Late in the film, a nosy neighbor reports the hotel to the animal control center, and most of the animals are carted away. Left behind are Babe, Ferdinand, and their new friends Easy, a monkey, and Flealick. Flealick is one of the most endearing of the film’s new characters, a chatty dog who has lost the use of his hind legs and has to use a small cart to walk himself around. Despite his handicap, Flealick is the first of the remaining animals to chase the animal control trucks, and eventually he manages to grab onto the truck using his teeth and get pulled along. But eventually he gets thrown off when the truck takes a sharp turn, which sends him crashing to the side the road, his cart flipped over. As he lies on the pavement twitching and gasping, the camera pushes in on one of his cartwheels slowly spinning in the air, and the film fades to black.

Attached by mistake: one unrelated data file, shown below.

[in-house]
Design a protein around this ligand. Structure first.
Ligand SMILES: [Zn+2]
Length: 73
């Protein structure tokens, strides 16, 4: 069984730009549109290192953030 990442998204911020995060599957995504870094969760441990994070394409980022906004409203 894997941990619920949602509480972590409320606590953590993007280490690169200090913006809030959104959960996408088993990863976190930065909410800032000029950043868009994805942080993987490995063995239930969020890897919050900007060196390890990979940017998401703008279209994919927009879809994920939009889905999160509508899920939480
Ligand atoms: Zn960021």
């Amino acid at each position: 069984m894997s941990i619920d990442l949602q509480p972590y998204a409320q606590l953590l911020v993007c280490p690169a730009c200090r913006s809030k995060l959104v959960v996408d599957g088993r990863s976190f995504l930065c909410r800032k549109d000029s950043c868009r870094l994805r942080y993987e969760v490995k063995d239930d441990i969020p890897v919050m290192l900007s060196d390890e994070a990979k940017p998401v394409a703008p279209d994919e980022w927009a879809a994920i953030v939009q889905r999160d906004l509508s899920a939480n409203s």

We next fade in on a lush, green meadow. The first thing we see is Flealick’s cart, lying there as it was in the last shot, only without its owner. The camera then pans upward to reveal a patch of brightly colored flowers, then it continues until we see Flealick, bounding around in the grass. He jumps around, chasing butterflies, not a care in the world. The shot continues for several seconds until we hear Babe’s voice, first quietly then gradually louder, saying, “Flealick? Flealick?” Finally, the film cuts back to Flealick in the road, with his friends finally having caught up with him.